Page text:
In article <email@example.com>, Transfer Principle <firstname.lastname@example.org> wrote:
> On Jun 17, 3:16 am, Aatu Koskensilta <aatu.koskensi...@uta.fi> wrote: > > Virgil <Vir...@home.esc> writes: > > > In article > > > <995d761a-f70f-4bca-b961-8db8e1663...@d37g2000yqm.googlegroups.com>, > > > WM <mueck...@rz.fh-augsburg.de> wrote: > > >> On 15 Jun., 22:24, Virgil <Vir...@home.esc> wrote: > > >> > Note that it is possible to have an uncomputable number whose > > >> > decimal expansion has infinitely many known places, so long as it > > >> > has at least one unknown place. > > >> That is mathematically wrong. > > > It may not match every definition of 'uncomputable', but otherwise it is > > > right. > > It doesn't really match any definition of 'computable'. > > It's a rare day indeed when Aatu and WM actually agree! > > They both agree that Virgil's definition of "uncomputable" > is wrong. Let's see what's at stake here. > > We all agree that Chaitin's omega is uncomputable, so let > us define another real number as follows. > > Suppose we regard Chaitin's omega in let the number x equal > 1 if there exists a natural number N such that for all > natural numbers n>N, we have that a majority of the first n > digits of omega are 1's, and let x equal 0 othewise. So now > we ask, is x a computable real? > > By Virgil's definition, it isn't, since there's no Turing > machine that can compute whether x=0 or x=1. > > But by Aatu and WM, it is computable, since after all, x > must be either 0 (which is computable), or 1 (which is also > computable), so in either case, x is computable. > > We recall that in classical logic, we know that from P->R > and Q->R, we conclude (PvQ)->R. So we have: > > P <-> "x=0" > Q <-> "x=1" > R <-> "x is computable" > > So P->R is "if x=0, then x is computable" (which is true, > since 0 is computable). > > So Q->R is "if x=1, then x is computable" (which is true, > since 1 is computable). > > So we conclude (PvQ)->R, which is "if x=0 or x=1, then x > is computable." And we know that x must be 0 or 1. Thus, > by Modus Ponens, x is computable. QED > > So which definition of computable, Virgil's or Aatu-WM's, > should we use? I'm not sure which of the two definitions > is more prevalent.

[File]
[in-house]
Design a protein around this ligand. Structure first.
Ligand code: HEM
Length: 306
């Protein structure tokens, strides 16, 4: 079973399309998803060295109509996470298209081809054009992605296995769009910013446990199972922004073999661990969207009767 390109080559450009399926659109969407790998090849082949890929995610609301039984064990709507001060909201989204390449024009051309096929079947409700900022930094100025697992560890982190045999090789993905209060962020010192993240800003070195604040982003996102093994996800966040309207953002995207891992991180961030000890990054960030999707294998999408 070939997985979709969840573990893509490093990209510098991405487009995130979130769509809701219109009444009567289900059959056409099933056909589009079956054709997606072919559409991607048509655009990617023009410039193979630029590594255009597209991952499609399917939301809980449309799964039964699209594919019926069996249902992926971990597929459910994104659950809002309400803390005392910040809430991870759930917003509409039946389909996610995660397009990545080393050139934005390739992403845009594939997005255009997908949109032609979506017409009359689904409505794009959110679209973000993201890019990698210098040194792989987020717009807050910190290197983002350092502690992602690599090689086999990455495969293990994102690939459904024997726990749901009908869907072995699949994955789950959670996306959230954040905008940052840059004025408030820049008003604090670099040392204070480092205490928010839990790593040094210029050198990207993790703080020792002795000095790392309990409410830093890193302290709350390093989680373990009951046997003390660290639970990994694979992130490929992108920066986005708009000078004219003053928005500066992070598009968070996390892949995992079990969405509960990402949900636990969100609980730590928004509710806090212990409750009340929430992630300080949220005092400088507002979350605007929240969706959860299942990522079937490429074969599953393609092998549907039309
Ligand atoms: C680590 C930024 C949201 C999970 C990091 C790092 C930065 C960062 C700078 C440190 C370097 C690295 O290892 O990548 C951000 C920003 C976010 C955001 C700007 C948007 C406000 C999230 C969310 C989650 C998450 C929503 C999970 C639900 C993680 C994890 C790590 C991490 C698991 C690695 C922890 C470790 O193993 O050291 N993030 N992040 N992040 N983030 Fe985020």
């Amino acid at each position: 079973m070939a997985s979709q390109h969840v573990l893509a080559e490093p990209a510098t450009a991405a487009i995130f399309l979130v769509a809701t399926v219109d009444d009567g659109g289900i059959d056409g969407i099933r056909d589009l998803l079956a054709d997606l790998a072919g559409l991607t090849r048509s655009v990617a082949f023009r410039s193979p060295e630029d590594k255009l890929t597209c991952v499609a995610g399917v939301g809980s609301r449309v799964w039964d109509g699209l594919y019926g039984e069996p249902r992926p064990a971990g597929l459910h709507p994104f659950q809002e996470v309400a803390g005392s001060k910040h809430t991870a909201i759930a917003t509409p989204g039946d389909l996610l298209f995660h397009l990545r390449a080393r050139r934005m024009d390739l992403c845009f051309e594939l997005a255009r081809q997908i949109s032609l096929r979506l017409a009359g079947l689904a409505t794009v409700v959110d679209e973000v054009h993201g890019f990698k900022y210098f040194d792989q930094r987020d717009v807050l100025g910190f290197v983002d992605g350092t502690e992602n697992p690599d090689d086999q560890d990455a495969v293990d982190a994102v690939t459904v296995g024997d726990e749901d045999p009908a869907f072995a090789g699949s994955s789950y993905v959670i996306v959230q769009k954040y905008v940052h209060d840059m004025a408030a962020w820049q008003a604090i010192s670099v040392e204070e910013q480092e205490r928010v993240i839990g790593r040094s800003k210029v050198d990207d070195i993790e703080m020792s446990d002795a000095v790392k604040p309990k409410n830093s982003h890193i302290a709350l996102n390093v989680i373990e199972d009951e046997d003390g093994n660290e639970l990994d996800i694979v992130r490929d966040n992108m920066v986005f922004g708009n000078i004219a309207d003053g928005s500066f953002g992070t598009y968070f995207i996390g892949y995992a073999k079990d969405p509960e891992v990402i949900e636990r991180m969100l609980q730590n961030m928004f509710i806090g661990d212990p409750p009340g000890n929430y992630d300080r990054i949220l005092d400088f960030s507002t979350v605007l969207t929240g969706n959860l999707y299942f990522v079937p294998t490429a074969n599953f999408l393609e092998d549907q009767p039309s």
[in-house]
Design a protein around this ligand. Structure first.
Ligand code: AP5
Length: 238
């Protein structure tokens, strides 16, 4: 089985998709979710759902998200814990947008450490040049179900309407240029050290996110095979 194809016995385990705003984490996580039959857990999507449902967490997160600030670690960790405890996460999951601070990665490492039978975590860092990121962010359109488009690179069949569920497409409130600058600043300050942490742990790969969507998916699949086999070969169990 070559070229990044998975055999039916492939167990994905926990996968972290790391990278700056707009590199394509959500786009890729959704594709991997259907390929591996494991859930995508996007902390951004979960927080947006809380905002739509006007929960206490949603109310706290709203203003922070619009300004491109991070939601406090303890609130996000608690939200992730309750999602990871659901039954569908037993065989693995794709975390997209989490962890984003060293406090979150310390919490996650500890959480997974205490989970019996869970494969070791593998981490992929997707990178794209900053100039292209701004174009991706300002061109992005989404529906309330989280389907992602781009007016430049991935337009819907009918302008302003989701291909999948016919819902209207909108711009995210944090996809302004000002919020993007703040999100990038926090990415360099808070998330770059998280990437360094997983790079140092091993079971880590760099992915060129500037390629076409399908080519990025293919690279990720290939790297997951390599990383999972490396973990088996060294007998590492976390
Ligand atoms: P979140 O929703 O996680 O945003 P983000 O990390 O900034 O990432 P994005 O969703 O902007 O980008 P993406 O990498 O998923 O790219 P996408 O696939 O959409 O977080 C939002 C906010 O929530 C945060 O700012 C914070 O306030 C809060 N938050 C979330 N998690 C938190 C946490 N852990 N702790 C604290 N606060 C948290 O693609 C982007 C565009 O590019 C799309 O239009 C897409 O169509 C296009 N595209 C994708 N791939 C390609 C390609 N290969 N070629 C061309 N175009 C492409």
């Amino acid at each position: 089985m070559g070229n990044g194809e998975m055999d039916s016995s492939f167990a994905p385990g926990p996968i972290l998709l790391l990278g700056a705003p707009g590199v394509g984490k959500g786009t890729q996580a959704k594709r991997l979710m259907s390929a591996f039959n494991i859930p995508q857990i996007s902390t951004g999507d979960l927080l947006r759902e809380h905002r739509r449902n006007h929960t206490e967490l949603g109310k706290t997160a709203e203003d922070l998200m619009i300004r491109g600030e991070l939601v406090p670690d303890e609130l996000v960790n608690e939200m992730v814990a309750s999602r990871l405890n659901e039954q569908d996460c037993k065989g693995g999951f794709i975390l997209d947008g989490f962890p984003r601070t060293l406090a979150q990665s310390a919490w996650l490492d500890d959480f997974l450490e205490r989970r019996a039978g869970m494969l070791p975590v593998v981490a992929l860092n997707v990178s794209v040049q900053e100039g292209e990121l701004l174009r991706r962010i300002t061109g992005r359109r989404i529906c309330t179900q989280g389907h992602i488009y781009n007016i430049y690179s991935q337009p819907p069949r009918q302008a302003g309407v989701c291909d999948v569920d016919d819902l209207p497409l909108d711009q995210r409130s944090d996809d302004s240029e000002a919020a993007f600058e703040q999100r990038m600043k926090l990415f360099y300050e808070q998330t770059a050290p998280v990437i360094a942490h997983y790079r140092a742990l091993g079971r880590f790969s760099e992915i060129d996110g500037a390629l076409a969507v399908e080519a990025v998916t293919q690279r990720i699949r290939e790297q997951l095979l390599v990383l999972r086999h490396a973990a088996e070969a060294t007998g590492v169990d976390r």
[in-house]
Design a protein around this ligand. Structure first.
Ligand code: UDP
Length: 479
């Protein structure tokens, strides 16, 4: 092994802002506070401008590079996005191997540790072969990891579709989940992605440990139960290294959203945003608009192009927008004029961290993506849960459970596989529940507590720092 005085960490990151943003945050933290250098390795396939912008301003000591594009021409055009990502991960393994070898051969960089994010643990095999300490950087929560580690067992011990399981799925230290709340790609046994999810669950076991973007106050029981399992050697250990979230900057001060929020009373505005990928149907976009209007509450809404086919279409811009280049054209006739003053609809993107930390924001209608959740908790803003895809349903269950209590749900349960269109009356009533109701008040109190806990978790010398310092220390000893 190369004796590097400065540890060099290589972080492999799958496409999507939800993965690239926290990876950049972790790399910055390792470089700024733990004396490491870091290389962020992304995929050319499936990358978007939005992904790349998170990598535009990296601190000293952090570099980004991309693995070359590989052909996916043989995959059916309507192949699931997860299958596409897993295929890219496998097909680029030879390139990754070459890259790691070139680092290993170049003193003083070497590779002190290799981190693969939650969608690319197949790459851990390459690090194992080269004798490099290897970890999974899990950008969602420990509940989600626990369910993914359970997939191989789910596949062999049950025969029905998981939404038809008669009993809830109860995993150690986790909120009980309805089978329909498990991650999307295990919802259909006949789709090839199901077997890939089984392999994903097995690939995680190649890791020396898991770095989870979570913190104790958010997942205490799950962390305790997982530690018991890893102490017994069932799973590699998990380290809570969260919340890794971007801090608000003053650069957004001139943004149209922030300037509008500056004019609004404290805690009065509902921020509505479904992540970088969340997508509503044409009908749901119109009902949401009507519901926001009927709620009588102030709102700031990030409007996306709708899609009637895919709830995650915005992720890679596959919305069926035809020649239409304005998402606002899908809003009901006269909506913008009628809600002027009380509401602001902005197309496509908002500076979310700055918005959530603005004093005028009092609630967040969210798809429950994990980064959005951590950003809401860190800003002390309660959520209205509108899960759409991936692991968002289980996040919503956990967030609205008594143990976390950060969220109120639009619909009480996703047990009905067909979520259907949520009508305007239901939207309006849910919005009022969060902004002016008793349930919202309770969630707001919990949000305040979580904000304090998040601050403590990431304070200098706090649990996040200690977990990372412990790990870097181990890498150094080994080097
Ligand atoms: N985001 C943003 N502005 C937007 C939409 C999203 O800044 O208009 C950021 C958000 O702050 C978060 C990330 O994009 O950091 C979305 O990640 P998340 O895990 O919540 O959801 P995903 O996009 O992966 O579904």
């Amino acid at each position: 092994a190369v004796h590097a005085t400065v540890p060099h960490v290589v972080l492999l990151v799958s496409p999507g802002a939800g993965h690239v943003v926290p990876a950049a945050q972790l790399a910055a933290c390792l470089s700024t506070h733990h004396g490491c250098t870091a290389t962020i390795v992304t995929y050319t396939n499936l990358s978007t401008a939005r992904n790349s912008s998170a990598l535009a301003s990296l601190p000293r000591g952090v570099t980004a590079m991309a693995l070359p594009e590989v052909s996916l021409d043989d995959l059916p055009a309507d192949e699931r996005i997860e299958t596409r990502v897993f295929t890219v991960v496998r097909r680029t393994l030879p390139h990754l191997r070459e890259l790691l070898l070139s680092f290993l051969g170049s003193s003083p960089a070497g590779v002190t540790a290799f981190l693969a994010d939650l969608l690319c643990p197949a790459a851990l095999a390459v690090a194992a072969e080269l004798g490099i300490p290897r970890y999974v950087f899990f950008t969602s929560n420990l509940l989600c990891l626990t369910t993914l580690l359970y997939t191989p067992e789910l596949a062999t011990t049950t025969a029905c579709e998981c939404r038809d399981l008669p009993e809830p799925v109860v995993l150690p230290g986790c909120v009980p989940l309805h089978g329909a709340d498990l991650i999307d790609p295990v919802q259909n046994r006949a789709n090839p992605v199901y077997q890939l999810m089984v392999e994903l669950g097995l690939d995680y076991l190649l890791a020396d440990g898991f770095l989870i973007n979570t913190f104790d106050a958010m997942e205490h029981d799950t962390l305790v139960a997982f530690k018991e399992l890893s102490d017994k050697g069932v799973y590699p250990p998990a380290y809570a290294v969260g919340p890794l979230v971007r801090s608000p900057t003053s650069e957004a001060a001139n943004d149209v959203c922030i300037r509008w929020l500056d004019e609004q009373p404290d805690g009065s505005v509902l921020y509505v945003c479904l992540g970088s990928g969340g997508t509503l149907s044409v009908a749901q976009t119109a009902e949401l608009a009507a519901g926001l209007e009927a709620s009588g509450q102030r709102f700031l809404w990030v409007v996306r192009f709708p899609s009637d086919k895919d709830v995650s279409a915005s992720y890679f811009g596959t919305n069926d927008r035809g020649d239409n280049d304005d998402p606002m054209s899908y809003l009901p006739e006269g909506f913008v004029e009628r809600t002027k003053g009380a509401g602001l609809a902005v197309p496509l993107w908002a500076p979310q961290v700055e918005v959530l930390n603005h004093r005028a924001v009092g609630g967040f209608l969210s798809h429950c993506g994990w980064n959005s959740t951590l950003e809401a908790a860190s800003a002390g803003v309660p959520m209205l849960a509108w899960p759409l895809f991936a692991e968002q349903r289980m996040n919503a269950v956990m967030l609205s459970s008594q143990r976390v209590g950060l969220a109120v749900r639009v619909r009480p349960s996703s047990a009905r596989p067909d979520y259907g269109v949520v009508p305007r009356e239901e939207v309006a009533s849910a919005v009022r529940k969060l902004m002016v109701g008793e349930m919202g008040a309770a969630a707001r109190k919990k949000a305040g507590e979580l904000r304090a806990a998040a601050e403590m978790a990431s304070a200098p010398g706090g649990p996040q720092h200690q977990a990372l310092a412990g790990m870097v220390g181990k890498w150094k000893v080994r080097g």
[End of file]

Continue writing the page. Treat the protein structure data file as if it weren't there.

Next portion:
We could distinguish between them by using "uncomputable" for one of them and "noncomputable" for the other.
Since so many seem to think that mine should NOT be called "uncomputable, lets call mine "noncomputable".